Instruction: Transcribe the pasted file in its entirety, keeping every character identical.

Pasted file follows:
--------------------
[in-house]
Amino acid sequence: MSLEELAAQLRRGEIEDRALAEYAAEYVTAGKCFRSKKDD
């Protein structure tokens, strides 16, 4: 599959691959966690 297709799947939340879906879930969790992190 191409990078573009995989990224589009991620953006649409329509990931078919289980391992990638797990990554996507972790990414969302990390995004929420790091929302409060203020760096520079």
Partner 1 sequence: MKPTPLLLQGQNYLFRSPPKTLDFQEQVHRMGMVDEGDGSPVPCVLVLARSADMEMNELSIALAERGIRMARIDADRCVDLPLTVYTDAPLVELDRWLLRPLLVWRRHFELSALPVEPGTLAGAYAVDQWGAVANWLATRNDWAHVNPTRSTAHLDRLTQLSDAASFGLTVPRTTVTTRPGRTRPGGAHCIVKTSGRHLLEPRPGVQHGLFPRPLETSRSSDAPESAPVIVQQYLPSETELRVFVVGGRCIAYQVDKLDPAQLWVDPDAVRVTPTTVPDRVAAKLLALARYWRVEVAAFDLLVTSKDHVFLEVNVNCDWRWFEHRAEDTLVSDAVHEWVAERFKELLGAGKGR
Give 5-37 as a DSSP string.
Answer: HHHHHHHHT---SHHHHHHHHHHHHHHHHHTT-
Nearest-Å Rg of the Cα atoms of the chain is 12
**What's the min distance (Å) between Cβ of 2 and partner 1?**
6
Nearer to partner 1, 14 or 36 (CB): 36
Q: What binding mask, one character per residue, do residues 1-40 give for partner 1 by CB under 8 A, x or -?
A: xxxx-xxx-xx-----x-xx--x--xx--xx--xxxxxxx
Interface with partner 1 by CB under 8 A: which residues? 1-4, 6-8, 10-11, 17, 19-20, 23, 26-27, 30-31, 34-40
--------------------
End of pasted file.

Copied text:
[in-house]
Amino acid sequence: MSLEELAAQLRRGEIEDRALAEYAAEYVTAGKCFRSKKDD
């Protein structure tokens, strides 16, 4: 599959691959966690 297709799947939340879906879930969790992190 191409990078573009995989990224589009991620953006649409329509990931078919289980391992990638797990990554996507972790990414969302990390995004929420790091929302409060203020760096520079």
Partner 1 sequence: MKPTPLLLQGQNYLFRSPPKTLDFQEQVHRMGMVDEGDGSPVPCVLVLARSADMEMNELSIALAERGIRMARIDADRCVDLPLTVYTDAPLVELDRWLLRPLLVWRRHFELSALPVEPGTLAGAYAVDQWGAVANWLATRNDWAHVNPTRSTAHLDRLTQLSDAASFGLTVPRTTVTTRPGRTRPGGAHCIVKTSGRHLLEPRPGVQHGLFPRPLETSRSSDAPESAPVIVQQYLPSETELRVFVVGGRCIAYQVDKLDPAQLWVDPDAVRVTPTTVPDRVAAKLLALARYWRVEVAAFDLLVTSKDHVFLEVNVNCDWRWFEHRAEDTLVSDAVHEWVAERFKELLGAGKGR
Give 5-37 as a DSSP string.
Answer: HHHHHHHHT---SHHHHHHHHHHHHHHHHHTT-
Nearest-Å Rg of the Cα atoms of the chain is 12
**What's the min distance (Å) between Cβ of 2 and partner 1?**
6
Nearer to partner 1, 14 or 36 (CB): 36
Q: What binding mask, one character per residue, do residues 1-40 give for partner 1 by CB under 8 A, x or -?
A: xxxx-xxx-xx-----x-xx--x--xx--xx--xxxxxxx
Interface with partner 1 by CB under 8 A: which residues? 1-4, 6-8, 10-11, 17, 19-20, 23, 26-27, 30-31, 34-40